Prenatal vitamins are recommended at least 3 months before you conceive. Folic acid in prenatal vitamins is beneficial in reducing the risk of neural tube defects. The neural tube develops early in pregnancy, so it is important to increase these levels before you get pregnant. Also, there are times when prenatal vitamins can be hard on the digestive system, and it can take some time for you to get used to them, so it can be more difficult to incorporate them during the first trimester when your stomach may already be more sensitive. Increasing fluids and fiber can be helpful in reducing any associated constipation caused by prenatal vitamins. (3)
Avoidance of drugs and alcohol is important to your pregnancy and developing baby. Smoking increases the chances of low birth weight, prematurity, birth defects and can increase chances of Sudden Infant Death Syndrome in newborns. While quitting smoking is difficult, planning for pregnancy and raising a child can be an excellent motivator to quit. (4)
Drug use in pregnancy is also not recommended, if you suffer from a substance use disorder, reach out for help prior to planning pregnancy. There are many risks associated with drug use in pregnancy including low birth weight, birth defects, preterm delivery, maternal infections, and neonatal withdrawal. Drug use in pregnancy can also contribute to slower than normal growth for the child as well as learning and behavior problems. (5)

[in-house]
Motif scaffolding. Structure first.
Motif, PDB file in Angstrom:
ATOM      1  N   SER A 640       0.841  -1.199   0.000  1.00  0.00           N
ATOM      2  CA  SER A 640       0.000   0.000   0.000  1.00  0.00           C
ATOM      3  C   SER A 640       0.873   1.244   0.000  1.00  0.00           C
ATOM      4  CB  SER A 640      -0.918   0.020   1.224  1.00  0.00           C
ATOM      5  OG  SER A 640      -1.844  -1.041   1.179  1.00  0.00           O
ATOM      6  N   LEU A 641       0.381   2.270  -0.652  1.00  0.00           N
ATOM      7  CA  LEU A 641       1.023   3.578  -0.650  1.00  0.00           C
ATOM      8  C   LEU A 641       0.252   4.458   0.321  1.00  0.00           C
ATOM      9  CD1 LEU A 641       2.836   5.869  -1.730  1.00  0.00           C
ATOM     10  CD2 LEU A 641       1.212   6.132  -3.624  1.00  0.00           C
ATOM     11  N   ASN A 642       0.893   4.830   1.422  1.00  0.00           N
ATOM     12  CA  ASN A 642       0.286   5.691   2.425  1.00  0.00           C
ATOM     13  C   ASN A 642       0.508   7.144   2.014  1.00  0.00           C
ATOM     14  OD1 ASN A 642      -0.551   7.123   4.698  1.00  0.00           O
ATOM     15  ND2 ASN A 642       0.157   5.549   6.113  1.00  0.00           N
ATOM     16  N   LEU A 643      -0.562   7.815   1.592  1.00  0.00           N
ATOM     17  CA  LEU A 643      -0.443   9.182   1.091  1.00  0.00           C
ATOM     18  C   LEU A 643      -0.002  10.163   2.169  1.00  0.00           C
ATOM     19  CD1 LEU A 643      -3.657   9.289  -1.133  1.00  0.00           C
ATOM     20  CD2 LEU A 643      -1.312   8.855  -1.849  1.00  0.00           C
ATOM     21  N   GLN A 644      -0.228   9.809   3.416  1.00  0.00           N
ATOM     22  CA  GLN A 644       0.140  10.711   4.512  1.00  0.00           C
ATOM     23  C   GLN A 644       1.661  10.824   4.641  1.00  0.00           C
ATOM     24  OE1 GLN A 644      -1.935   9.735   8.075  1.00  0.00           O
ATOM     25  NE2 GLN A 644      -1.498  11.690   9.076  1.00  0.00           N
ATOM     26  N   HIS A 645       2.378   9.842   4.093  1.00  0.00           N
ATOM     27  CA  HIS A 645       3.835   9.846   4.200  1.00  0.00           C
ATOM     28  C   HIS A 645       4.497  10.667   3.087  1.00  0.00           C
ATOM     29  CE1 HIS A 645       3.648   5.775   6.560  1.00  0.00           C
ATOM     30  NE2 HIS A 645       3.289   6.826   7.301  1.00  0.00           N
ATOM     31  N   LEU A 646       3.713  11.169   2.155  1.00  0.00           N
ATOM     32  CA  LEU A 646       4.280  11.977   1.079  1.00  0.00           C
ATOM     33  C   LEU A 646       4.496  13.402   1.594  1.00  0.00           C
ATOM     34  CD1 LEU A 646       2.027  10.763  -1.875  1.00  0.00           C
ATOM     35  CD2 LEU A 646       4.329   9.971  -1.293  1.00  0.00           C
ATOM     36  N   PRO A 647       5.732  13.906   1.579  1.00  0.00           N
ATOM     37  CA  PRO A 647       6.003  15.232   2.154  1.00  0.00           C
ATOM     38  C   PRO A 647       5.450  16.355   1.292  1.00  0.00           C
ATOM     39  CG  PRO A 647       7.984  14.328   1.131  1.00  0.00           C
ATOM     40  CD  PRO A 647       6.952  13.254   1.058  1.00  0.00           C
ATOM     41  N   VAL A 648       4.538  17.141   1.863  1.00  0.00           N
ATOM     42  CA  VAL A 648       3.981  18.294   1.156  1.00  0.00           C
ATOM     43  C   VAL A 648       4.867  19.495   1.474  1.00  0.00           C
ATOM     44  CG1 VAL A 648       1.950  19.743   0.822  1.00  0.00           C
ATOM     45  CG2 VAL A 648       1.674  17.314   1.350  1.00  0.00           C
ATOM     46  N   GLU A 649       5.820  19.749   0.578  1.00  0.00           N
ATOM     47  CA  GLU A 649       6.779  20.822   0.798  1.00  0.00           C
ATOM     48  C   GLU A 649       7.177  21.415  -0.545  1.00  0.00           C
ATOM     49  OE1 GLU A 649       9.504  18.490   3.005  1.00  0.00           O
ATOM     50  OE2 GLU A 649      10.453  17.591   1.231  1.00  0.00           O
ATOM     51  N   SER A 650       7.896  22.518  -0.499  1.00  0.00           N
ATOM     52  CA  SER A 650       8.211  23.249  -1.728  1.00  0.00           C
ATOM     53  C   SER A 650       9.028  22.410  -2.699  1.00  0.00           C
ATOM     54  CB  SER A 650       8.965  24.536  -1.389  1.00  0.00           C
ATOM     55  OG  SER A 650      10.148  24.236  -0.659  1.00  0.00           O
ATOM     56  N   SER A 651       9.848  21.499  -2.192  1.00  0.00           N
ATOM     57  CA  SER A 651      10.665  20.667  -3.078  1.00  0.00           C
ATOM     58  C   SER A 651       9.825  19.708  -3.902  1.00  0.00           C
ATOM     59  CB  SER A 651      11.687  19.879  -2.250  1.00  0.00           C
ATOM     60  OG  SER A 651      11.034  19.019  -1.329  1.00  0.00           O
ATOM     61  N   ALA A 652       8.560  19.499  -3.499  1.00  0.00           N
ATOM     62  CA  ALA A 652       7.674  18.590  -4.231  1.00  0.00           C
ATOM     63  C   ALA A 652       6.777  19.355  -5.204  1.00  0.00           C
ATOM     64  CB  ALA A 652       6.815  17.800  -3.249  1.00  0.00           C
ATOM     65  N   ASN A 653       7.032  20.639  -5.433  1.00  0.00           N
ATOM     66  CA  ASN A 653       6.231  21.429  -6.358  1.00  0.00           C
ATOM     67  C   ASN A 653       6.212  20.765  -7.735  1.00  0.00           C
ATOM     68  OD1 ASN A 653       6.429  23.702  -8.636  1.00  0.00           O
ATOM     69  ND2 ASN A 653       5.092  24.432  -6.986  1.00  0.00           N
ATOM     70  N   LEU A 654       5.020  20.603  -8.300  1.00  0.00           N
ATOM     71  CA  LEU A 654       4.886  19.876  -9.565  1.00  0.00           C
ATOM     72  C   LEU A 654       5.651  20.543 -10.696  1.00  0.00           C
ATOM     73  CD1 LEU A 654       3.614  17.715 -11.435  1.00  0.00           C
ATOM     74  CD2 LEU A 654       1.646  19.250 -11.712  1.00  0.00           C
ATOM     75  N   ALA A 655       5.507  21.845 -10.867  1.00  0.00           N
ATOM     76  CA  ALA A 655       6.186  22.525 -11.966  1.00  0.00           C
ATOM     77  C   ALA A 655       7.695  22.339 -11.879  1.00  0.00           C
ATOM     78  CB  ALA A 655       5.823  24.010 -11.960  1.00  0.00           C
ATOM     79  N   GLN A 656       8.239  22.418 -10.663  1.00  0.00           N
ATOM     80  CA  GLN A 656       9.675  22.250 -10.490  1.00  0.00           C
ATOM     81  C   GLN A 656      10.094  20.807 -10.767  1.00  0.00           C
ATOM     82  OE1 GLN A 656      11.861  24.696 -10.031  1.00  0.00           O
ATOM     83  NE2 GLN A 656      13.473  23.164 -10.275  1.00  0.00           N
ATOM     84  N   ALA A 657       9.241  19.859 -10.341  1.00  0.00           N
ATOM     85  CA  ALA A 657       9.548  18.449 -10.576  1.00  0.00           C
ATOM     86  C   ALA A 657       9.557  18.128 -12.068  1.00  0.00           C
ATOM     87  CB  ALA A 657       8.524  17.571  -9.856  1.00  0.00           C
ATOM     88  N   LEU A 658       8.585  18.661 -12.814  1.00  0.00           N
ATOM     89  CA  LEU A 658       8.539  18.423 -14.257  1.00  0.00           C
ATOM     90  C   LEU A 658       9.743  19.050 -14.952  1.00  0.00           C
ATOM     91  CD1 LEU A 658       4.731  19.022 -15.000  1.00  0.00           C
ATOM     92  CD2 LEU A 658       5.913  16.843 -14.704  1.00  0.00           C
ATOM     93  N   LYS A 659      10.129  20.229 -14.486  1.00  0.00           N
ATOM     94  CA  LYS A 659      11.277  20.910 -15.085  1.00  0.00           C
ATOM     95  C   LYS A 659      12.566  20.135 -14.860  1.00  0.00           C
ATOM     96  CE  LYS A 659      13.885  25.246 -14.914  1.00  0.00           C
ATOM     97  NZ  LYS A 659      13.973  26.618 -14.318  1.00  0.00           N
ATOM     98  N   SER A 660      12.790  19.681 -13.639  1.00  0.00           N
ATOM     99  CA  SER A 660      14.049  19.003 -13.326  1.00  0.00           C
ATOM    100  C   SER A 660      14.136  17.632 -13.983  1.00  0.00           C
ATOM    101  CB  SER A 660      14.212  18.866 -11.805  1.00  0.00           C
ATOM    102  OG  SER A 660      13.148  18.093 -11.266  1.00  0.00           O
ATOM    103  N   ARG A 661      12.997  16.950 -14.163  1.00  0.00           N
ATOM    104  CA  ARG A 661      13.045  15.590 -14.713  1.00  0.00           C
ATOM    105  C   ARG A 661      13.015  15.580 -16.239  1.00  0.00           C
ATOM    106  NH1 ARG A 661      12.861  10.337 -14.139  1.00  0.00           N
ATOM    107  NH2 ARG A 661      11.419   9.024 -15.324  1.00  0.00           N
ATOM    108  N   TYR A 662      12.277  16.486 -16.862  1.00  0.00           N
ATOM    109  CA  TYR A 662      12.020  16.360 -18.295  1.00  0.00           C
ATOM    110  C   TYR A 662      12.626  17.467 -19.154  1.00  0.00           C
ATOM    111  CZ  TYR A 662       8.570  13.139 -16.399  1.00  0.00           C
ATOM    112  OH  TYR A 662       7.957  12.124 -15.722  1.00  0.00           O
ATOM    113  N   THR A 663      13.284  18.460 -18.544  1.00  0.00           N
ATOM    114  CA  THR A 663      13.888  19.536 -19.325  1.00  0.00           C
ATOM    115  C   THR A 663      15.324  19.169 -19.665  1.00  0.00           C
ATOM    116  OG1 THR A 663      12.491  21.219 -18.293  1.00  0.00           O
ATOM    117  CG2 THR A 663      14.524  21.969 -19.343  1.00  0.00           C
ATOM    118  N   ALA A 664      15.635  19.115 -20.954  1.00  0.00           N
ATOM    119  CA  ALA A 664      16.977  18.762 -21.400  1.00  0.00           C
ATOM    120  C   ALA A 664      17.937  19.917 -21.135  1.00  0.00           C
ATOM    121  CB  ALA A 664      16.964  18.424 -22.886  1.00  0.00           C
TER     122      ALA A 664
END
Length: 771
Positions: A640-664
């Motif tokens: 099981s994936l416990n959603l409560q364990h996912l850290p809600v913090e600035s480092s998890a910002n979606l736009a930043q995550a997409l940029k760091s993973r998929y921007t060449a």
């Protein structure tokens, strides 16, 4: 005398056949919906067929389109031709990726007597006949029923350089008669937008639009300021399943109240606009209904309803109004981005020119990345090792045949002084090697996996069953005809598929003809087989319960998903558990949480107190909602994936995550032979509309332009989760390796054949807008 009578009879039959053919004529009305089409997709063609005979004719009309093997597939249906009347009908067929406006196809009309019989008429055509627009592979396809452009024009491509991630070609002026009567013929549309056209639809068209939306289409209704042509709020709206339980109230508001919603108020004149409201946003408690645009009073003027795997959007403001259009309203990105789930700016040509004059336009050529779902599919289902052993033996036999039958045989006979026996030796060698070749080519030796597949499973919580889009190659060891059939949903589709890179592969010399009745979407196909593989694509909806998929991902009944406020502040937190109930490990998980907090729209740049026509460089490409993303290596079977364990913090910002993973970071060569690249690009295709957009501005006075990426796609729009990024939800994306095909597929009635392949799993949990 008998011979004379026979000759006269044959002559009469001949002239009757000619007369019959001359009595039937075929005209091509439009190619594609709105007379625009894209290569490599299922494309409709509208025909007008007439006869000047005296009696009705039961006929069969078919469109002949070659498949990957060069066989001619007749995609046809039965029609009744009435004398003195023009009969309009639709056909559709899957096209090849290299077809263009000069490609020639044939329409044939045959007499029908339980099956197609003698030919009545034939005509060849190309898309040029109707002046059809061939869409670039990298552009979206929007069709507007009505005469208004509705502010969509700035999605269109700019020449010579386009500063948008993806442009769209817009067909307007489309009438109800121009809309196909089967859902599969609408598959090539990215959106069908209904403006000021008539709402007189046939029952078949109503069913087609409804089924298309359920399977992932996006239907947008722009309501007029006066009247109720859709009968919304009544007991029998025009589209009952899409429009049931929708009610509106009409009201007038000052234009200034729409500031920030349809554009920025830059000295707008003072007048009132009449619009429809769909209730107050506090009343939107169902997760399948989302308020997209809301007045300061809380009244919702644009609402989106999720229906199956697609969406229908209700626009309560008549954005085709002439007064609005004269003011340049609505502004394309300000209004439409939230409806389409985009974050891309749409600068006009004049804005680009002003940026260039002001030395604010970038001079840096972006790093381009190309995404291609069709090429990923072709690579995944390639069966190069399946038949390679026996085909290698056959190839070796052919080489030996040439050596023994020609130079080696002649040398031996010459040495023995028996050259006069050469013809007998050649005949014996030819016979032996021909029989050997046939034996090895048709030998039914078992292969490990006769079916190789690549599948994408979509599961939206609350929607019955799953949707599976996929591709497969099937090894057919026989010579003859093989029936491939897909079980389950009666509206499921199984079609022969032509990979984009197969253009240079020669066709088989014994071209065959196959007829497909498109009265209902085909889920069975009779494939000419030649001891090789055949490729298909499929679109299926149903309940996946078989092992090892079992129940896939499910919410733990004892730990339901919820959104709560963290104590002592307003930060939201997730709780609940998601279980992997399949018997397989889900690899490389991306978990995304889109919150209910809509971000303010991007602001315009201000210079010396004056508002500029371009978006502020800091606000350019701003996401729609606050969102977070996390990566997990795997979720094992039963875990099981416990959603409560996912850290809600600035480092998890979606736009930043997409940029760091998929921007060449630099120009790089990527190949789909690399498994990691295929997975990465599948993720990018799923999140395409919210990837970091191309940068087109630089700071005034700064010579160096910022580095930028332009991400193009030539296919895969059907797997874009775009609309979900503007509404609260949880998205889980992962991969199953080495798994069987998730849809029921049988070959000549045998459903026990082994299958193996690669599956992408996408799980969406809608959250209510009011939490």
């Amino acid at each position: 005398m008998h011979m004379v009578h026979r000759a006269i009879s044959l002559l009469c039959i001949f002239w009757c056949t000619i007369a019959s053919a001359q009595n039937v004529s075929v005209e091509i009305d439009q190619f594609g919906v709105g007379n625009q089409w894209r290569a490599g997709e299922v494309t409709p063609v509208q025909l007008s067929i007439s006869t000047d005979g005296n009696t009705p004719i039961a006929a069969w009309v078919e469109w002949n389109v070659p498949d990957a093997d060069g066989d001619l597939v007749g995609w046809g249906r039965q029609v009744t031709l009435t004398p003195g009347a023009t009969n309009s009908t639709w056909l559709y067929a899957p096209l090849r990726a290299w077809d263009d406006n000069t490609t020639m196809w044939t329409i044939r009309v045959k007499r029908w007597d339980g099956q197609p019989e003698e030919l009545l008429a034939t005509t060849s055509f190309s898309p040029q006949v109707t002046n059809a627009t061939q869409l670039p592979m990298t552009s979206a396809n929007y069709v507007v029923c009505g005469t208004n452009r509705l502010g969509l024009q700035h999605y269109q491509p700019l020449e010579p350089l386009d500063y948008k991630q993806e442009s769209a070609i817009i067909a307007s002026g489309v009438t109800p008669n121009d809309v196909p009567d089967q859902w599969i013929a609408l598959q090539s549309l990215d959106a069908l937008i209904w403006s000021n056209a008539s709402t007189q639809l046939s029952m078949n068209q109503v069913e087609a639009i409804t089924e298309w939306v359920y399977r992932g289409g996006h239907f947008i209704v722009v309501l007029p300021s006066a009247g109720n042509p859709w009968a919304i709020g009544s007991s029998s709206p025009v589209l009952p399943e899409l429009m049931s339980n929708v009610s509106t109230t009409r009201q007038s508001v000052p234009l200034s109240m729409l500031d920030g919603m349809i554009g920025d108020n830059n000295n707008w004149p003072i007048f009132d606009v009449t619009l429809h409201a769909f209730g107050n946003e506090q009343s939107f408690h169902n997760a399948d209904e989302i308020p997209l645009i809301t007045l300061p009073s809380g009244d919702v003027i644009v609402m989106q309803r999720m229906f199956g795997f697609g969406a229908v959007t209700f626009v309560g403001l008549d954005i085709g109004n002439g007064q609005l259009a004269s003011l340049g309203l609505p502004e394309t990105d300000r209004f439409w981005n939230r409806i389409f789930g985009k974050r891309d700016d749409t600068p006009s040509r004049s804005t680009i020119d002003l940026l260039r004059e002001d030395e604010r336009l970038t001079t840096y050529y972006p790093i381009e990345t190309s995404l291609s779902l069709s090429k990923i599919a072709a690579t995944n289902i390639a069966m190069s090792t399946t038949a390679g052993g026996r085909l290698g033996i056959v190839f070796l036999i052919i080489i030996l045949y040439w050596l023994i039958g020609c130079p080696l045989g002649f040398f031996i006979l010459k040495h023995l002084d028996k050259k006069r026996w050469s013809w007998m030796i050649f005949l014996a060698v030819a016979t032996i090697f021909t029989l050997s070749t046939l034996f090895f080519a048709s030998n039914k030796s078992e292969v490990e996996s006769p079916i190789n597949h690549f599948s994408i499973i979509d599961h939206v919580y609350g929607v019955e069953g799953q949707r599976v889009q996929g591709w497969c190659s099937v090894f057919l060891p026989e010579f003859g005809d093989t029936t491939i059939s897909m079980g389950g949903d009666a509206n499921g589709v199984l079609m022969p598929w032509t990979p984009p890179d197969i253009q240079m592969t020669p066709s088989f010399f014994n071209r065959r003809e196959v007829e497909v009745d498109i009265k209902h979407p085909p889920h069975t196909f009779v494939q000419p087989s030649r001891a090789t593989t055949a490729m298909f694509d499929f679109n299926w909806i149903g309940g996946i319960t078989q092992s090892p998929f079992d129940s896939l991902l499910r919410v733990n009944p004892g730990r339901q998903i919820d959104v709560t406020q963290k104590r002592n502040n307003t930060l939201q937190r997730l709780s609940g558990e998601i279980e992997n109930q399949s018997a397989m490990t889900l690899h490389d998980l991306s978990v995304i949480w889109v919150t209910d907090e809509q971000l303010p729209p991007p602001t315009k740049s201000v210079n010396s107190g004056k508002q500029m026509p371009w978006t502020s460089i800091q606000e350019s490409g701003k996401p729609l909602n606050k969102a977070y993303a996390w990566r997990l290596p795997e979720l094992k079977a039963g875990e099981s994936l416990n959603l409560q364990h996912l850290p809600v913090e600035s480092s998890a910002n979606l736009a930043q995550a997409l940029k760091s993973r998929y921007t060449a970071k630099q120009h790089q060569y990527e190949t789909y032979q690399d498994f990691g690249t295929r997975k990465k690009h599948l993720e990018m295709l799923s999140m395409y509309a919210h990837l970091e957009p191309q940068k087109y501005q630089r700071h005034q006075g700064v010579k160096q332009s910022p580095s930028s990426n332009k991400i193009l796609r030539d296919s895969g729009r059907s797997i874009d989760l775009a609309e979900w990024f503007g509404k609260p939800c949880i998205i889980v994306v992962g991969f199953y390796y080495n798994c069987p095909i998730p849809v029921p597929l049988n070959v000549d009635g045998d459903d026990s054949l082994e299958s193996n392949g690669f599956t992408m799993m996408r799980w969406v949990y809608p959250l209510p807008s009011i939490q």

Lastly, alcohol use is not recommended in pregnancy, so it is also not recommended when trying to conceive. You may not know you are pregnant until 4-6 weeks and alcohol can be unsafe at any point in the pregnancy. No amount of alcohol consumption has been proven to be safe. Consuming alcohol in pregnancy can cause miscarriage, still birth, birth defects, premature birth, intellectual and developmental disabilities including Fetal Alcohol Syndrome. (6)
Intimate partner violence is serious. If you are feeling unsafe in your relationship, please feel free to reach out for help before planning a pregnancy. 1-800-799-SAFE is a national domestic violence hotline, it is available in 200 languages and 24 hours a day, 7 days per week. (7)
Familiarize yourself with your family history. It can be helpful to your OB/GYN team for you to be aware of any family history of genetic conditions or birth defects in family members. If you are unaware of how these conditions may impact your pregnancy, we can help you get more information. We can also perform testing to see if you are a carrier for various genetic conditions.
We hope you find this information helpful as you plan for your pregnancy. This is such an exciting milestone in your life. If you happen to find yourself pregnant and you’re feeling less than prepared, we will still support you in the same way as you navigate this journey of pregnancy and birth of your special bundle.
You can find more in depth information through any of the following resources, and please reach out if you need our assistance or advice.
Written by Janelle Murphy NP